Plane with 22 on board missing in Nepal
Nepali rescuers scoured a remote area of the lower Himalayas by helicopter and on foot Sunday after a passenger plane with 22 people on board went missing.
Nepal’s air industry has boomed in recent years, carrying goods and people between hard-to-reach areas as well as foreign trekkers and climbers. But it has a poor safety record.
The Twin Otter aircraft operated by Tara Air took off from the western town of Pokhara for Jomsom on Sunday at 9:55 am (0410 GMT) but air traffic control lost contact after 15 minutes, the airline said.
There were 19 passengers on board and three crew members, airline spokesman Sudarshan Bartaula told AFP. The passengers included two Germans and four Indians, with the remainder Nepali.
The aircraft’s last known location was in an area around Ghorepani, a village at 2,874 metres (9,429 feet) above sea level, according to the aviation authority.
The Civil Aviation Authority said that in addition to two choppers, personnel from the army, police and the Himalayan Rescue Association had been deployed to conduct search operations on foot.
“Right now we cannot say where exactly where the aircraft is and in what condition. There has not been any reporting or information from locals about a big fire or any other such indications,” said Dev Raj Subedi, a spokesman for Pokhara Airport.
“Search operations have been hampered by the weather. Three helicopters have had to return. An army helicopter is now trying to reach the area,” he told AFP as light began to fade in the region.
– Poor record –
Jomsom is a popular trekking destination in the Himalayas about 20 minutes by plane from Pokhara, which lies 200 kilometres (120 miles) west of the capital Kathmandu.
Tara Air is a subsidiary of Yeti Airlines, a privately owned domestic carrier which services many remote destinations across Nepal.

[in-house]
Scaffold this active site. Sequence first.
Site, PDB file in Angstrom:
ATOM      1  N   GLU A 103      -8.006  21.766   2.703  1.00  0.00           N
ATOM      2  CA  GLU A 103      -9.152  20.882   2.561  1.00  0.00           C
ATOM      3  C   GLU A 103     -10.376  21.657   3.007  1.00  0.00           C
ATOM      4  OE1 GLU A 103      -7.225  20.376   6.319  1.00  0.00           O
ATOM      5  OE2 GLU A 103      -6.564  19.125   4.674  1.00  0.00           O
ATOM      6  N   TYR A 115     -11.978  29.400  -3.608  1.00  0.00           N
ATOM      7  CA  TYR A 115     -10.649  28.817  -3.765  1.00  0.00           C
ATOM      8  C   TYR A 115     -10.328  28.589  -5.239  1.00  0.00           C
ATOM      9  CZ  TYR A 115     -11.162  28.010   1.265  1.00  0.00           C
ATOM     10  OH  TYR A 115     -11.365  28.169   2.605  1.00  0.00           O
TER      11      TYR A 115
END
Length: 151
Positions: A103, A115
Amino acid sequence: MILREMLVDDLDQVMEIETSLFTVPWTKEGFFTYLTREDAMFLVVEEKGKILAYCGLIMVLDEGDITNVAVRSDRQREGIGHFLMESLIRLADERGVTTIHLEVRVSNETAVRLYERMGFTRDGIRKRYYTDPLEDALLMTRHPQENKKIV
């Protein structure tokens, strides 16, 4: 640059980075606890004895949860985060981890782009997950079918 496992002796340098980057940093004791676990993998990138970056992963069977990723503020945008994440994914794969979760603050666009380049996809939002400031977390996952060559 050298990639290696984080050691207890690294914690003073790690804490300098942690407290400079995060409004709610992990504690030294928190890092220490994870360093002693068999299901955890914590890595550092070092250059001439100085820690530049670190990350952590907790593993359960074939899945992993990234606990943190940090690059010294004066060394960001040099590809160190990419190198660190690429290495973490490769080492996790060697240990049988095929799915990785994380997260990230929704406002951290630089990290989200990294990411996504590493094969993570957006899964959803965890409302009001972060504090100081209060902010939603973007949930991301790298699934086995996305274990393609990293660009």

It suffered its last fatal accident in 2016 on the same route when a plane with 23 on board crashed into a mountainside in Myagdi district.
Nepal’s aviation industry has long been plagued by poor safety due to insufficient training and maintenance.
The European Union has banned all Nepali airlines from its airspace over safety concerns.
The Himalayan country also has some of the world’s most remote and tricky runways, flanked by snow-capped peaks with approaches that pose a challenge even for accomplished pilots.
The weather can also change quickly in the mountains, creating treacherous flying conditions.
– Emotional breakdown –
In March 2018, a US-Bangla Airlines plane crash-landed near Kathmandu’s notoriously difficult international airport, skidded into a football field and burst into flames.
Fifty-one people died and 20 miraculously escaped the burning wreckage but sustained serious injuries.
An investigation found that the captain suffered an emotional breakdown during the flight, distracting the freshly qualified co-pilot who was at the controls when it crashed.
That accident was Nepal’s deadliest since 1992, when all 167 people aboard a Pakistan International Airlines plane died when it crashed on approach to Kathmandu airport.
Just two months earlier a Thai Airways aircraft crashed near the same airport, killing 113 people.
In 2019 Nepal’s tourism minister Rabindra Adhikari was among seven people killed when a helicopter crashed in the country’s hilly east.
This month Nepal’s second international airport opened at Bhairahawa, aiming to give Buddhist pilgrims from across Asia access to the Buddha’s birthplace at nearby Lumbini and easing pressure on Kathmandu airport.
© Agence France-Presse